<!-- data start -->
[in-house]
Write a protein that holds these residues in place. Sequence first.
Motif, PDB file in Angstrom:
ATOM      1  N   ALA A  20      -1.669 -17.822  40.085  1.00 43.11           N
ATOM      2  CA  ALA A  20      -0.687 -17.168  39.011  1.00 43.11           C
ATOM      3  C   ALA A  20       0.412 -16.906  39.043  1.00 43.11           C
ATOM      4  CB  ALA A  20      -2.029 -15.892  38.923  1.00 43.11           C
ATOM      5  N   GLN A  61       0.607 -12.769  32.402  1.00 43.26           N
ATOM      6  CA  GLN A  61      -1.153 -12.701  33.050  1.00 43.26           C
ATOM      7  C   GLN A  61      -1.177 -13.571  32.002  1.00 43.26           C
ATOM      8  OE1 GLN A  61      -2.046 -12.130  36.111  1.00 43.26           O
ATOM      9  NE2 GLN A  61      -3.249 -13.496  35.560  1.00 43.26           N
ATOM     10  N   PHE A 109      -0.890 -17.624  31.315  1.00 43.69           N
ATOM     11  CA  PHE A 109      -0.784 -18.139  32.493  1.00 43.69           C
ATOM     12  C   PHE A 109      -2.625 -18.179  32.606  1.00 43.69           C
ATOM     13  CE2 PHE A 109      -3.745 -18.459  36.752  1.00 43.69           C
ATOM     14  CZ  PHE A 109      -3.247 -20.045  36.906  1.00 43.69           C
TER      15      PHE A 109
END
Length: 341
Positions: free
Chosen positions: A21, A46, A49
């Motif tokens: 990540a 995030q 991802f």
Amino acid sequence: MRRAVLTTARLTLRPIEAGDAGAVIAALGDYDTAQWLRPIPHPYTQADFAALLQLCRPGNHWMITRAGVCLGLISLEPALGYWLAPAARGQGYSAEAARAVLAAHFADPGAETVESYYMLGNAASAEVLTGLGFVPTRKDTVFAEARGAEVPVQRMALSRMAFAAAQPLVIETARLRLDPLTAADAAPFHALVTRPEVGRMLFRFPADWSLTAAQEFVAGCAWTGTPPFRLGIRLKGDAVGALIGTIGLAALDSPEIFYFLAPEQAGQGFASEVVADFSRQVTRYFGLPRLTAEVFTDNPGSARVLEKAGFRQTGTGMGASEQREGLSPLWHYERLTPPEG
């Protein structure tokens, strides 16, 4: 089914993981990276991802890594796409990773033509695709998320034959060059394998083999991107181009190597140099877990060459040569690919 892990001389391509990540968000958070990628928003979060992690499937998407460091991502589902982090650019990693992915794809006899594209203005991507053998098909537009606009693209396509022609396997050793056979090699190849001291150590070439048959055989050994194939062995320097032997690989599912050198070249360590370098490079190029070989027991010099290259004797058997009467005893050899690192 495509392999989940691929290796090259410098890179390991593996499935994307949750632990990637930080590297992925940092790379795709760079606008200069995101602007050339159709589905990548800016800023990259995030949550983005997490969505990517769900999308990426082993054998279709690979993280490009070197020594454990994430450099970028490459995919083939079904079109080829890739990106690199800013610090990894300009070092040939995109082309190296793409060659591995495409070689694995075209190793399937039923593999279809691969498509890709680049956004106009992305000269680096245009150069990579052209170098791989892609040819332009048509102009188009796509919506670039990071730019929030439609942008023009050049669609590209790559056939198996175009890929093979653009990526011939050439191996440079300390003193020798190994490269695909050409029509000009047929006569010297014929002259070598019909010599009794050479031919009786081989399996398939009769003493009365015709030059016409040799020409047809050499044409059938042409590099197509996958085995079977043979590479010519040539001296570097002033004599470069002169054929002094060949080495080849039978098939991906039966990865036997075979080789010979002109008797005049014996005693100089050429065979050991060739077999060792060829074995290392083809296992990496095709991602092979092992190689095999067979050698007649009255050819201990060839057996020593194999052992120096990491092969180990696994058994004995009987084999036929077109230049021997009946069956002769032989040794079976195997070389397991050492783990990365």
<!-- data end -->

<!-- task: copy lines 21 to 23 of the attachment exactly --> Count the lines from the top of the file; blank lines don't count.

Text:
Positions: free
Chosen positions: A21, A46, A49
């Motif tokens: 990540a 995030q 991802f």